“Phoenix on Fire” definitely brings a little more attitude with it, and thanks to the chugging musical approach, it’s as if the band dares you to defy them. Sadly, this one doesn’t paint much of a mental image, or even have that much of an Asian vibe to the atmosphere or lyrics, but it’s still a great track that feels right at home. It’s not until “Neverending World” that things feel a little awkward with the band, and it’s more for those who grew up with a certain children’s program on television. The song itself has a general Heavy Metal vibe to it, though nothing all that special like many other tracks on here, and the vocals start off a little rocky due to the lower volume performance given. But, that’s not what sounds odd. While this is not a bad cut, the chorus feels a bit strange due to the manner in which the lyrics of the first two lines are sung that can easily bring up mind of “The Song That Never Ends” from the television series Lambchop. It’s not that it ends up hurting the experiencing, but more a trigger that awakens something in the back of the mind, and is worth mentioning. Eventually, the rocky start fades, and it becomes more fluid and entertaining, though at times a little drawn out. But, as it continues, that memory issue will also be surpressed, and you’ll still feel satisfied by the end result.

Aside that rough start to “Phoenix On Fire”, the only other time the album kind of throws you a curve ball is during “Across the Stars”. The songs start off a little on the slower side, not necessarily doing anything too much to hook the listener, but it still has a good beat to it that is enjoyable, then suddenly jerks into a faster pace. This wouldn’t be too bad, but it happens so abruptly that it sounds like the song is skipping. The drums don’t even line up right, and it’s a whole other beat entirely. On top of that, right before the chorus as the vocalist sings “Oh” in harmonization with the guitars, it actually gives off more an Egyptian setting than anything this band has recorded up to this point. It’s an ok song, but it just has too many faults you can’t look past, coming off a bit more like filler. There’s also the closing track “Quest for Hades” which, again, not a bad track, but doesn’t really fit with the rest of the album. It’s a more serious Heavy Metal track that takes on a conceptual approach of telling a short story. While this isn’t too bad, it doesn’t seem to fit the general Asian concept that has been established track after track, and almost sounds like you’re listening to a completely different band, like Katana suddenly decided they wanted to be a more epic sounding Heavy Metal band with influences from Rhapsody Of Fire and mid-career Kamelot.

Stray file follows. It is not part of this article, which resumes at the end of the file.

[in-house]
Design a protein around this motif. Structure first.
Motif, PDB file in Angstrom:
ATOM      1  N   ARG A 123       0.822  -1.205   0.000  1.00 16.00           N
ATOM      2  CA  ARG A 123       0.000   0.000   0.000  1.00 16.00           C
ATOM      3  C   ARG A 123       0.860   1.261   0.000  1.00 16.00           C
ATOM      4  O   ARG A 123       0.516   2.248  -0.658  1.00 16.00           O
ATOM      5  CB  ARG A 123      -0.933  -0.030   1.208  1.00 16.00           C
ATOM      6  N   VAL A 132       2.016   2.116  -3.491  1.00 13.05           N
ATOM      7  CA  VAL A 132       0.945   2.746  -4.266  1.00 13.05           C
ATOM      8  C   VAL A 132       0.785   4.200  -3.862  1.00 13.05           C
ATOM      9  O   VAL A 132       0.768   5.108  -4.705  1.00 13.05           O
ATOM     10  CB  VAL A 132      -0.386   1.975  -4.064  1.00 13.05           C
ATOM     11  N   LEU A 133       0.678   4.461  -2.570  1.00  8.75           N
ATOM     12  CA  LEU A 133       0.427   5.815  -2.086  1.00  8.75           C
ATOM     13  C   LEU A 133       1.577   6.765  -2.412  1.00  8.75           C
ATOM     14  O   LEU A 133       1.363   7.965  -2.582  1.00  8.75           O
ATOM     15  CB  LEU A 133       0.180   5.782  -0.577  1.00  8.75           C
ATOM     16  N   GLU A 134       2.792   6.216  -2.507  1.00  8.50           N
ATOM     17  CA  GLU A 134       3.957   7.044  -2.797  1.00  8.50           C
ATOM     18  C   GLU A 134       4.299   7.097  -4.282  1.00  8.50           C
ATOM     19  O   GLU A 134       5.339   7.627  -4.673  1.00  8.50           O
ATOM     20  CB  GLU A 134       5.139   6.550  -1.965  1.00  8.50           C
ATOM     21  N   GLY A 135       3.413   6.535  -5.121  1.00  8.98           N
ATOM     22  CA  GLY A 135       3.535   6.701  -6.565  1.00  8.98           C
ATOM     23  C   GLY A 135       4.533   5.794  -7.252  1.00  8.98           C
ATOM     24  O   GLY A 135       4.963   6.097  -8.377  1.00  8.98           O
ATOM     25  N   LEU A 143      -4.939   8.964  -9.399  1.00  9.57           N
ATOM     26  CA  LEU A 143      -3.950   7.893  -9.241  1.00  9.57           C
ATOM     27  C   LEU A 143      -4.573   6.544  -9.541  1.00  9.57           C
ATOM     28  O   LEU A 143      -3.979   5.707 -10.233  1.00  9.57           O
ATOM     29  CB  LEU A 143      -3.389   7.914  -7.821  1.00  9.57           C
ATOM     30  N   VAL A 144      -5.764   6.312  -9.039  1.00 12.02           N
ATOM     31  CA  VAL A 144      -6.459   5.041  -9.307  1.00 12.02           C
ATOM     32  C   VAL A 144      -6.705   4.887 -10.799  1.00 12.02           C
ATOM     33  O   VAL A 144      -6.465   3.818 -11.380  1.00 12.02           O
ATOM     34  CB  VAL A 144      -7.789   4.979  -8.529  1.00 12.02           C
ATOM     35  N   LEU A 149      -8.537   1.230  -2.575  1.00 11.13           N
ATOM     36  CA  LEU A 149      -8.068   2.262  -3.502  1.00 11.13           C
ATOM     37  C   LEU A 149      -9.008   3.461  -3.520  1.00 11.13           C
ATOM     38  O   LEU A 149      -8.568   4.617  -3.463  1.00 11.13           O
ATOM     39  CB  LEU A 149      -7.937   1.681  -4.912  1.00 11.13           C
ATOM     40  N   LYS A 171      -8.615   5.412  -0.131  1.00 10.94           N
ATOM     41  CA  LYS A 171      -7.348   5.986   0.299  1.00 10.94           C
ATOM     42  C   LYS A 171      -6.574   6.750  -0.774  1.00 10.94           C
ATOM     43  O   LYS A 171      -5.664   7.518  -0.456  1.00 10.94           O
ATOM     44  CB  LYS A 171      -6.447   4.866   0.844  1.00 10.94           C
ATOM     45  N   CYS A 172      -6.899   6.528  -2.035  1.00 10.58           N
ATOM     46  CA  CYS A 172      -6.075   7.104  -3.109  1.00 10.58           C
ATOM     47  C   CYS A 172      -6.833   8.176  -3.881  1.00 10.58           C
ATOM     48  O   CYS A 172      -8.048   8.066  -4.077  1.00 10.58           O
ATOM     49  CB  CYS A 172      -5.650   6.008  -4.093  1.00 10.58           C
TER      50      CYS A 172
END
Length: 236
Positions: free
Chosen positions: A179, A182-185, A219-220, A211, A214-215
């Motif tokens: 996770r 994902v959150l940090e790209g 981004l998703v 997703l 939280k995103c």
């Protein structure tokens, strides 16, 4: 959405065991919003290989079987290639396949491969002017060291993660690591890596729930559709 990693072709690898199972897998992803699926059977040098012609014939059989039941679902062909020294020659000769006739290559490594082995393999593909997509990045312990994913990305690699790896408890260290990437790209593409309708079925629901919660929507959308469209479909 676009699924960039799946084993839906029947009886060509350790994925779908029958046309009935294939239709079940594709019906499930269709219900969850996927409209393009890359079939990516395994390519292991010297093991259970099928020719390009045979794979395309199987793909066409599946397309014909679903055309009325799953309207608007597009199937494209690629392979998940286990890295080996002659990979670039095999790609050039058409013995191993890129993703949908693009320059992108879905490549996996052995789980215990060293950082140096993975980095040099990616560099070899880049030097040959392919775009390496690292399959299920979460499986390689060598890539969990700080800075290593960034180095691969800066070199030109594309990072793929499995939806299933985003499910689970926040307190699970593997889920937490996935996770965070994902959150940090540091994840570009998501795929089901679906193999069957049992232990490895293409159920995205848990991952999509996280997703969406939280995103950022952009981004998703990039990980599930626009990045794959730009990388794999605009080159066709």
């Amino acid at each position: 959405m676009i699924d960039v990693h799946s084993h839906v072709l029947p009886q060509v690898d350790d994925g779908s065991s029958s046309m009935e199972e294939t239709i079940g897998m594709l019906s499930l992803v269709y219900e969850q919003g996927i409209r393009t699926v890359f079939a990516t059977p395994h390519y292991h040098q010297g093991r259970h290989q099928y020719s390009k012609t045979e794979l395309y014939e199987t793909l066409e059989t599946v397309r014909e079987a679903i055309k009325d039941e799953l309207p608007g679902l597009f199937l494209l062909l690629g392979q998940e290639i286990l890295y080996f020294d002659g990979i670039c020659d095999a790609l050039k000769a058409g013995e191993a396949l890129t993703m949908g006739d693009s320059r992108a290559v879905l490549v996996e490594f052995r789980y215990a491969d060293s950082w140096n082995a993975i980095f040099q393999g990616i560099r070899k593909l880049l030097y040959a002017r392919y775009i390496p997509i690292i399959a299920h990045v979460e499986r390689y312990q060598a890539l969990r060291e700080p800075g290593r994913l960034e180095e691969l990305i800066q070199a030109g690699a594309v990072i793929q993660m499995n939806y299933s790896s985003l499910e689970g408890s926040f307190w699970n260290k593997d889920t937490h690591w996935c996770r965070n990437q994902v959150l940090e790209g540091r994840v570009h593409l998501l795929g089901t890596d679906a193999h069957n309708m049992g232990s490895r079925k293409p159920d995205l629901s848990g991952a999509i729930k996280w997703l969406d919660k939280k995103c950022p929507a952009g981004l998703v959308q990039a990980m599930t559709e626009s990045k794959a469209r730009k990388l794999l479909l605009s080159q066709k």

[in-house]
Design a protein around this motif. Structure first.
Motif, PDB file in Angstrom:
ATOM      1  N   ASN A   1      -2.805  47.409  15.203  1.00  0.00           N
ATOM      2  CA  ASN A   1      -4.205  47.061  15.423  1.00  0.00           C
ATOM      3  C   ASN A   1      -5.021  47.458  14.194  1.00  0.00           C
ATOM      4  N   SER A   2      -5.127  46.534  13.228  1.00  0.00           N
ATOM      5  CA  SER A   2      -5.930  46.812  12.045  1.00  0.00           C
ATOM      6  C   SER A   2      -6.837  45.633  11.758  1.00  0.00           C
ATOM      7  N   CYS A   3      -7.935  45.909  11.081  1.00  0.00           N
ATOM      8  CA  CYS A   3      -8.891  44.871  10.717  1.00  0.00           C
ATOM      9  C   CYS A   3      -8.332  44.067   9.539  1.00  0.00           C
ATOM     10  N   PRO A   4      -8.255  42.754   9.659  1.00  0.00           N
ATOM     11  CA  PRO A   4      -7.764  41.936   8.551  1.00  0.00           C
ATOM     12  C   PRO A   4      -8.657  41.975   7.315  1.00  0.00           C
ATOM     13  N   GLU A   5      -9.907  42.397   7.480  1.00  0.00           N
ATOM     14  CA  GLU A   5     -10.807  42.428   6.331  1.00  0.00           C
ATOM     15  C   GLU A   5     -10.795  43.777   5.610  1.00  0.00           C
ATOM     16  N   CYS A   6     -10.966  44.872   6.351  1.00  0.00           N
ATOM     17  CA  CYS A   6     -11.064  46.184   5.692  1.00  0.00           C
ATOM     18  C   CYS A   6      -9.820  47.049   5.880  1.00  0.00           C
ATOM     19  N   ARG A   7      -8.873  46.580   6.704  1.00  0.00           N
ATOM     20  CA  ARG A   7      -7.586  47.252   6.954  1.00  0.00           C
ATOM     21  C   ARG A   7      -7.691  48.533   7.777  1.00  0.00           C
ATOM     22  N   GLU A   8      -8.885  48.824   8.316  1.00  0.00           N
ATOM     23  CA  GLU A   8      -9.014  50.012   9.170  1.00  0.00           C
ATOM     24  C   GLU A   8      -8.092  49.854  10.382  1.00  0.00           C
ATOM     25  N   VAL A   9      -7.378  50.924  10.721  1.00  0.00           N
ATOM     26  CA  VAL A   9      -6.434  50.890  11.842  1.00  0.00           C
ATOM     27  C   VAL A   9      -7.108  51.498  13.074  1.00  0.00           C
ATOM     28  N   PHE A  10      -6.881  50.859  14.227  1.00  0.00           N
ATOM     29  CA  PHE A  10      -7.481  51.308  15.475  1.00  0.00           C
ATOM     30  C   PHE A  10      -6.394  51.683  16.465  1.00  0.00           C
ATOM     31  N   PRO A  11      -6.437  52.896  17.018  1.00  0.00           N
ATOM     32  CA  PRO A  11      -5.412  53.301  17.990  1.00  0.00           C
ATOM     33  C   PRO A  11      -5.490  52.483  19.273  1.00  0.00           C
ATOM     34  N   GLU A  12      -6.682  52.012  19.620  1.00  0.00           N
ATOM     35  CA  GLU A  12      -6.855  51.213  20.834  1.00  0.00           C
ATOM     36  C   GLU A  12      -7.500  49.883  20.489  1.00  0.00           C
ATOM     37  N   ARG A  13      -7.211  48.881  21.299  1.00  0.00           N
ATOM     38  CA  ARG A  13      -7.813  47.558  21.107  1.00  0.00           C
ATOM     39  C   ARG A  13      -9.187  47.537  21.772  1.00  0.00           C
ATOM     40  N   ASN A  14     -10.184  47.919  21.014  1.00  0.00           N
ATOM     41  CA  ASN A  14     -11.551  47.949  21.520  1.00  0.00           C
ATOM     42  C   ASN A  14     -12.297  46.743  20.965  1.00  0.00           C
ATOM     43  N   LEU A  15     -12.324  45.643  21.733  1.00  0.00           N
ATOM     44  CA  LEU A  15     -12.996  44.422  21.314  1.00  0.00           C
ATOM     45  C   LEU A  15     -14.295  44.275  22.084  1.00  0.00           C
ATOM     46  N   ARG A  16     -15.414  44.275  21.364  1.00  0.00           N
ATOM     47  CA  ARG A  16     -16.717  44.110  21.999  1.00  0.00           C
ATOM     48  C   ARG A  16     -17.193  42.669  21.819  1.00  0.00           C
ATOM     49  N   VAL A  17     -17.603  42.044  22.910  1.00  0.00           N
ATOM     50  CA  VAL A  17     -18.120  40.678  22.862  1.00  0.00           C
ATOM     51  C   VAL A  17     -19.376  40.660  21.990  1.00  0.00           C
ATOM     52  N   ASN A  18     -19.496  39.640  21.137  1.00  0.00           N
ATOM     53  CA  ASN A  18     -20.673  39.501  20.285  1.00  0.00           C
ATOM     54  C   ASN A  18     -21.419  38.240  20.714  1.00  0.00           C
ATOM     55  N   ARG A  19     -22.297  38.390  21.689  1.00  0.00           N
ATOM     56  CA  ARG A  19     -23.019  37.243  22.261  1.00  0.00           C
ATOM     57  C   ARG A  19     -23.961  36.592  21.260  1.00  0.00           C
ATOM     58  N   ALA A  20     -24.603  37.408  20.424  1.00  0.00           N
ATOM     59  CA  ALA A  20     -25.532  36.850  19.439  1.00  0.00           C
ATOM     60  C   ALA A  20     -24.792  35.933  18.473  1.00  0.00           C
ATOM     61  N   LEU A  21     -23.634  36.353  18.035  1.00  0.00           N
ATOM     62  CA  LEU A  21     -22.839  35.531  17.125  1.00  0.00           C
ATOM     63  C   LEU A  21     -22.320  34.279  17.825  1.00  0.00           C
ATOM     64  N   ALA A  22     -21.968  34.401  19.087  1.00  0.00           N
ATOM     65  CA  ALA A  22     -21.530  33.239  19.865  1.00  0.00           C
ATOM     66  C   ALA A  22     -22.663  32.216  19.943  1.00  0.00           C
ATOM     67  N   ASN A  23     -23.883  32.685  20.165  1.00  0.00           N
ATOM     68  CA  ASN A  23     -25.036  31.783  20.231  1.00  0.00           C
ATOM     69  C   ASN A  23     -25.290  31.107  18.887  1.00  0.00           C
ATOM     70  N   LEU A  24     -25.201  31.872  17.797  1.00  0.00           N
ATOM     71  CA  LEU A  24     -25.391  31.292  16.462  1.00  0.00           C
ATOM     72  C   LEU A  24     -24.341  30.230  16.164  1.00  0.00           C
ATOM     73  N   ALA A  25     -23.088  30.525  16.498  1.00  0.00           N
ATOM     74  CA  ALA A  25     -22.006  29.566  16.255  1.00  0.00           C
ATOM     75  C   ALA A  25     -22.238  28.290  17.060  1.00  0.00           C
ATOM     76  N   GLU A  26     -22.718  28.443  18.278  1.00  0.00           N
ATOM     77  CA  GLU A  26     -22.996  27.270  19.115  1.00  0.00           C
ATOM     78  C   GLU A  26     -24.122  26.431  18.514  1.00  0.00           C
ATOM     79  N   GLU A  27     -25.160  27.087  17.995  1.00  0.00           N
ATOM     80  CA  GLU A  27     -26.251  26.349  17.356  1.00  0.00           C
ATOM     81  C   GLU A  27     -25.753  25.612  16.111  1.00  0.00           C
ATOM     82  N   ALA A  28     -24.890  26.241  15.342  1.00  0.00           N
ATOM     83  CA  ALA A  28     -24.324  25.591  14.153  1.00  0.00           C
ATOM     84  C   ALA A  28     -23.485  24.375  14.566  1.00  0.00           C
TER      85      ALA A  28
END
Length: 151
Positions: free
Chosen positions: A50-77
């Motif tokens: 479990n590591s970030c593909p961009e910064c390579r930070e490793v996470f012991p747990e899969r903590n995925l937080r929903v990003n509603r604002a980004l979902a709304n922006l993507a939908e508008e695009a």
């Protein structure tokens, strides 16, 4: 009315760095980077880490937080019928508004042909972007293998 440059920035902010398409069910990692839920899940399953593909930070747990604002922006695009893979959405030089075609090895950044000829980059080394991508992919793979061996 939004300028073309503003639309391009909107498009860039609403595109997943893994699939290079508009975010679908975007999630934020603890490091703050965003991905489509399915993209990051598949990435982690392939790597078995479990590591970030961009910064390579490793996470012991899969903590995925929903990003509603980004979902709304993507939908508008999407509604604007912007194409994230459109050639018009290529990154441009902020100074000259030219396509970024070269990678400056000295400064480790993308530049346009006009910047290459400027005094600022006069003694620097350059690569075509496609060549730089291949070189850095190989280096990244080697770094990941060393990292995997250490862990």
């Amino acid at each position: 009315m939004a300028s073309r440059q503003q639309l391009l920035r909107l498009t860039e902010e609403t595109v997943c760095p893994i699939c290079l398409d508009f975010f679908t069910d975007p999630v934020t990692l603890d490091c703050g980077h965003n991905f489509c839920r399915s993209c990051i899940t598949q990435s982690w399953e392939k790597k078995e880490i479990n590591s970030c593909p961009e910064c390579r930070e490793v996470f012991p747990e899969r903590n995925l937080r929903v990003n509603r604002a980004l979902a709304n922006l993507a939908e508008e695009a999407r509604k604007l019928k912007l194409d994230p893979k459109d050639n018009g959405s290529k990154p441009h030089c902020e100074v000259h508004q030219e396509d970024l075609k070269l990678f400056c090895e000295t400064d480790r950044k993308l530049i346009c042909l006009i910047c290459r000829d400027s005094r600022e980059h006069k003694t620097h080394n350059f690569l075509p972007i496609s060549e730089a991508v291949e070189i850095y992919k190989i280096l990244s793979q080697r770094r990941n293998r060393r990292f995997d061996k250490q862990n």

Aside some rough patches that smooth over shortly after, and a few songs at the end that feel like filler or just out of place, Heads Will Roll is an appropriate title since that’s what the band seems to try to make their music do. Katana really bring an energetic representation of old-school Heavy Metal and Hard Rock to the forefront, and it becomes an entry into the whole Metal revival going on that stands up tall amongst the rest. The album has more then enough solid, infectious songs from start to finish that are genuinely impressive and leave a lasting impression with the listener thanks to it’s infectious and often top notch performances full of melody, passion for the content based on the geography and style inspiring their music, and pure Metal and Hard Rock energy. If you enjoy that signature sound from the eighties, or even if you heard of and enjoyed Enforcer, or any other bands like them, then Heads Will Roll is simply a must buy album with no questions asked. Sure the whole thing may not be jaw-droppingly impressive, but for the many tracks that are, it justifies the price you’ll pay.


01. Livin’ Without Fear – 3:51
02. Blade of Katana – 3:20
03. Phoenix On Fire – 4:43
04. Neverending World – 5:52
05. Heart in Tokyo – 3:36
06. Asia in Sight – 3:59
07. Across the Stars – 4:33
08. Rebel Ride – 2:54
09. Quest for Hades – 6:50
Initial Pressing Score: 9/10

Katana
Katana

Digital review copy of this release provided by Listenable Records
via Clawhammer PR.